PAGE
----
There was once a Millionaire who returned to his hometown after a long time, almost 18 years. One day, he decided to take a walk in the evening and after a long walk, he came to the riverside.
As he sat, he saw a villager rowing a small boat towards the banks, having caught quite a few big fish.
The Millionaire was impressed and asked the villager, “How long does it take you to catch so many fish?”
The villager replied, “Oh, just a short while.”
“Then why don’t you stay longer at sea and catch even more?”, asked the Millionaire as he felt advising.
“This is enough to feed my whole family,” the villager responded.
The Millionaire then asked, “So, what do you do for the rest of the day?”
The villager replied, “Well, I usually wake up early in the morning, go out to the river and catch a few fish, then go back and play with my kids. In the afternoon, I take a nap with my wife, and evening comes, I join my buddies in the village for a drink — we sometimes talk, play the guitar, sing and dance throughout the night.”
The Millionaire offered a suggestion to the villager.
“I am a successful entrepreneur and business consultant. I help startups to become Unicorn. Normally, I don’t advise in free, but since I belong to this town and I am impressed with your skills, I would help you to become a more successful person.”
The villager got curious so asked, “How?”
The Millionaire said, “You can start by fishing several hours longer every day. You can then sell the extra fish you catch. With the extra money, you can buy a bigger boat. With the additional income that larger boat will bring, before long you can buy a second boat, then a third one, and so on, until you have an entire fleet of fishing boats.”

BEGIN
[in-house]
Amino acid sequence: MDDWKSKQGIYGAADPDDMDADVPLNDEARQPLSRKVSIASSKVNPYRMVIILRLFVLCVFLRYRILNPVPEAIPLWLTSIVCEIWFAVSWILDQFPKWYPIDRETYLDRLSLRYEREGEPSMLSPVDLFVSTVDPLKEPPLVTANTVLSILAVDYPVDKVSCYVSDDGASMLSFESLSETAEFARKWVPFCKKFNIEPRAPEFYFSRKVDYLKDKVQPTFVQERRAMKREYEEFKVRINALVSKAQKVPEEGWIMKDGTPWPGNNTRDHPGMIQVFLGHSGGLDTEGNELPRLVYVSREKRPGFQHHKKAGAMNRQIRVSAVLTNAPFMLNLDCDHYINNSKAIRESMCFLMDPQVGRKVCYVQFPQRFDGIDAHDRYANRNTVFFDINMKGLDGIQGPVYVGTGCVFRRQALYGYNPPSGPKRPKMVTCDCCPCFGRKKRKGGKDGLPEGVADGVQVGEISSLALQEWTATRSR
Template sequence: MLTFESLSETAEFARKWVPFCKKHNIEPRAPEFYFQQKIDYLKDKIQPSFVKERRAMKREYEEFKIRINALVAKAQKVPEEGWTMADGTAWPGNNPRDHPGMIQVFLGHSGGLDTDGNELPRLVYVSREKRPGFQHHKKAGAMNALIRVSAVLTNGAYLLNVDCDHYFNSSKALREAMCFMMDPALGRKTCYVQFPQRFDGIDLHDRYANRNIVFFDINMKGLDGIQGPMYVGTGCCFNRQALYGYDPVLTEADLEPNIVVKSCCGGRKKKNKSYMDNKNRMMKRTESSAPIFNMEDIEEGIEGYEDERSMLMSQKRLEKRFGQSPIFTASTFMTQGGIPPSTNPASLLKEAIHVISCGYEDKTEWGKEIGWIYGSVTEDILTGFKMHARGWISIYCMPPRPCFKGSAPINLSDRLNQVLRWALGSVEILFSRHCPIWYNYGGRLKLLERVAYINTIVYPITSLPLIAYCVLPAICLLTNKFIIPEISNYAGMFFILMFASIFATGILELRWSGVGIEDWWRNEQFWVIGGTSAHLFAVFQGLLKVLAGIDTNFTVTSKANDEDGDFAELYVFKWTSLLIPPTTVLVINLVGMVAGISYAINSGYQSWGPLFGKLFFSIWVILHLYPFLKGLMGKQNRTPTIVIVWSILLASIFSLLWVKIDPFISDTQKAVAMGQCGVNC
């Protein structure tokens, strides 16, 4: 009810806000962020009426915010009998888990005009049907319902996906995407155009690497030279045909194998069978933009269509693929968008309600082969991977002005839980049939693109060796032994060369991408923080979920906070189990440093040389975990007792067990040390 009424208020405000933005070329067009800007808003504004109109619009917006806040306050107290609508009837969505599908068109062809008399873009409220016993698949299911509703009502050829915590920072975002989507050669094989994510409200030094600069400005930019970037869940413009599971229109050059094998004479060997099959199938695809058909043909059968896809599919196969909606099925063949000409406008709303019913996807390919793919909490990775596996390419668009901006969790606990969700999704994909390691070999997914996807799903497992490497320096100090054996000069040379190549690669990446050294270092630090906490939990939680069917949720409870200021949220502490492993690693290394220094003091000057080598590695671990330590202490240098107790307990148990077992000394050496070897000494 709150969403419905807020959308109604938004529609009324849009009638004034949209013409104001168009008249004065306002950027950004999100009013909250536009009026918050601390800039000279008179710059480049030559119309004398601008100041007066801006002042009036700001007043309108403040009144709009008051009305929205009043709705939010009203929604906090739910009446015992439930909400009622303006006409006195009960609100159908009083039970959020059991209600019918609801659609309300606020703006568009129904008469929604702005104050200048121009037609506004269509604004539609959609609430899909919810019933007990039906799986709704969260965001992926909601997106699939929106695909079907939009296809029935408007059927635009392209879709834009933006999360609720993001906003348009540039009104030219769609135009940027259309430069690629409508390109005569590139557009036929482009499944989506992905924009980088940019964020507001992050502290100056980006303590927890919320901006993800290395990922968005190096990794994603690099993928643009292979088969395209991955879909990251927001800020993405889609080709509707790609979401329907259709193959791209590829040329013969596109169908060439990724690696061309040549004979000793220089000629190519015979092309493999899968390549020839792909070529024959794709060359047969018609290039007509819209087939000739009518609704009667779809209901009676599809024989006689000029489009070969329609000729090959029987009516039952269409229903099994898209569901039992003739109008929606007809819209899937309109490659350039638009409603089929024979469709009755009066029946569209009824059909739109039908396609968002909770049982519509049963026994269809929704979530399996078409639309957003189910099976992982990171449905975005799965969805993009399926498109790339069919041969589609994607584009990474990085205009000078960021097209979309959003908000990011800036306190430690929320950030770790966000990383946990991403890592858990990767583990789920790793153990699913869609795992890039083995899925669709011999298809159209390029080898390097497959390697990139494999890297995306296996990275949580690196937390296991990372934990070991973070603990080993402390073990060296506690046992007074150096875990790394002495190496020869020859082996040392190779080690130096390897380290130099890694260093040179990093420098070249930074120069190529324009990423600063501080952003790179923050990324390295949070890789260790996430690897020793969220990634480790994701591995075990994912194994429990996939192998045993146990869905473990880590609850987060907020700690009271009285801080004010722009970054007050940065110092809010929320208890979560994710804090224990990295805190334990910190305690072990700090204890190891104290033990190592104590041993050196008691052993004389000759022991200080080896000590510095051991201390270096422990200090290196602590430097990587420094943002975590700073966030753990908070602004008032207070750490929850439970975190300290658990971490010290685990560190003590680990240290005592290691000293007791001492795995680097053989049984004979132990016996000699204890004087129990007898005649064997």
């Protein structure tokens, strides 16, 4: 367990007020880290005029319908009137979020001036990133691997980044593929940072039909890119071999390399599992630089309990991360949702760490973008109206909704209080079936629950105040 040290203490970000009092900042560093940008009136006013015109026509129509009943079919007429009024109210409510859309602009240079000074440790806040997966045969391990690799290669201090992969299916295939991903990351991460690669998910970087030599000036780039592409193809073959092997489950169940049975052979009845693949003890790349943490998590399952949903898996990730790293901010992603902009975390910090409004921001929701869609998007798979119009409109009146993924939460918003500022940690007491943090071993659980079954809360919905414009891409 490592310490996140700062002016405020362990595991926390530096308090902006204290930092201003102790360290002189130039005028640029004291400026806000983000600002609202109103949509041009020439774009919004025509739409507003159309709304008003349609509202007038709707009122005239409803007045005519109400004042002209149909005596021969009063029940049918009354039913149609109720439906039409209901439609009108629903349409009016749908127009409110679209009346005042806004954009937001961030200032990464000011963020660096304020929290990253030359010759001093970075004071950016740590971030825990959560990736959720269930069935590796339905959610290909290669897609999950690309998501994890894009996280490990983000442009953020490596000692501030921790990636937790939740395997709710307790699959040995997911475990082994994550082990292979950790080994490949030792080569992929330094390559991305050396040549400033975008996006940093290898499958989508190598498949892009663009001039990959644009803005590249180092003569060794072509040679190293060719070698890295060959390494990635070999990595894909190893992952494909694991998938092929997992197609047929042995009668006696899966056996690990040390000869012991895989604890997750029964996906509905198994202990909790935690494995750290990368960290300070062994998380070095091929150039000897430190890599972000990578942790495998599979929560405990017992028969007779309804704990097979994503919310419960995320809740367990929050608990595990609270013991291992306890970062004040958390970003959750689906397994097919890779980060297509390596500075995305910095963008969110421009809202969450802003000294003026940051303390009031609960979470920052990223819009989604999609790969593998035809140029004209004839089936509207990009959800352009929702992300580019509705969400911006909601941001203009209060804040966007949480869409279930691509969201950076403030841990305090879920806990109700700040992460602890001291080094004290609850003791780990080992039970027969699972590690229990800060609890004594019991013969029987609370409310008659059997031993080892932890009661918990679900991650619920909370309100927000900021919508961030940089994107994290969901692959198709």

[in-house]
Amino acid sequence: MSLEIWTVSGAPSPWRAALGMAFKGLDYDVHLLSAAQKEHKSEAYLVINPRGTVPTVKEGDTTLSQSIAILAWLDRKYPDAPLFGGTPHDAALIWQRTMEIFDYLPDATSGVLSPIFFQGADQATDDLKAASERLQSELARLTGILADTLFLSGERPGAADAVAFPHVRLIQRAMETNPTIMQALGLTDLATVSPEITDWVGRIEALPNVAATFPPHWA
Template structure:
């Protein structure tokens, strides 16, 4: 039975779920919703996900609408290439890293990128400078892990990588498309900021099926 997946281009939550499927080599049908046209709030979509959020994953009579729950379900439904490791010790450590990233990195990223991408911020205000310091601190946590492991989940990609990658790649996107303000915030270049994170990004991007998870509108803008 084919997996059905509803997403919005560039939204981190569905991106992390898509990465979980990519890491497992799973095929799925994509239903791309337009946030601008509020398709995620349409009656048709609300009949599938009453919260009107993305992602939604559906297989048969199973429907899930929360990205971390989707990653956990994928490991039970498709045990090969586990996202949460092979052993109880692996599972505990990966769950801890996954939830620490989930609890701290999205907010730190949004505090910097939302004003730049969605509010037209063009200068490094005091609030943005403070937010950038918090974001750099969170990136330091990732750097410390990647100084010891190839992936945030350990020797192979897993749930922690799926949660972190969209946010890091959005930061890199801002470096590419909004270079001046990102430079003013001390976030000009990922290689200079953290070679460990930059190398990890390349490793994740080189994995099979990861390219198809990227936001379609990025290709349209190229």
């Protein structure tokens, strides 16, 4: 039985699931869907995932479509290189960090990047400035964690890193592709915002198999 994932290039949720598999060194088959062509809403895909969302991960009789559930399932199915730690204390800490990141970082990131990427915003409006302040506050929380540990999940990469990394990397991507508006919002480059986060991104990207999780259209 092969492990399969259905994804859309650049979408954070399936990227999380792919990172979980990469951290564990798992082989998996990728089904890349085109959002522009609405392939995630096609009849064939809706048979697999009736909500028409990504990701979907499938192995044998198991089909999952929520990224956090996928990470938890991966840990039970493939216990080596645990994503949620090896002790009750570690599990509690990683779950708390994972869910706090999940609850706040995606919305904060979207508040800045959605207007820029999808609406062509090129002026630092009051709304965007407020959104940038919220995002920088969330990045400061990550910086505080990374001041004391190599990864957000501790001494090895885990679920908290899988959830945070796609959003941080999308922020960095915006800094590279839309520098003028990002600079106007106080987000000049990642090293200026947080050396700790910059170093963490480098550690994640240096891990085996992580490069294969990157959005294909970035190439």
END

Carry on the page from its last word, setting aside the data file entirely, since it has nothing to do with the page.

As he was advising, he was proud of his own sharp thinking, he excitedly elaborated a grand scheme which could bring even bigger profits, “Then, instead of selling your catch to a middleman you’ll be able to sell your fish directly to the manufacturer or even open your own cannery. Eventually, you could control the product, processing, and distribution. You could leave this tiny coastal village and move to Mumbai, or possibly even Singapore, Dubai, London or New York City, where you could even further expand your enterprise.”
Having never thought of such things, the villager asked, “But how long will all these take?”
After a rapid mental calculation, the Millionaire pronounced, “Probably about 15-20 years, maybe less if you work really hard.”
“And then what, sir?” asked the Villager.
“Well, Here, the best part!” answered the businessman with a laugh. “When the time is right, you would sell your company stock to the public and become very rich. You would make millions.”
“Millions? Really? What would I do with it all?” asked the Villager in disbelief.
The Millionaire boasted, “Then you could happily retire with all the money you’ve made. You could move to a quaint coastal fishing village where you could sleep late, play with your grandchildren, watch cricket or football, and take siesta with your wife. You could stroll to the village in the evenings where you could talk to your friends all you want.”
The villager was puzzled, “Isn’t that what I am doing now?”
The moral of the story is: Know what really matters in life, and you may find that it is already much closer than you think.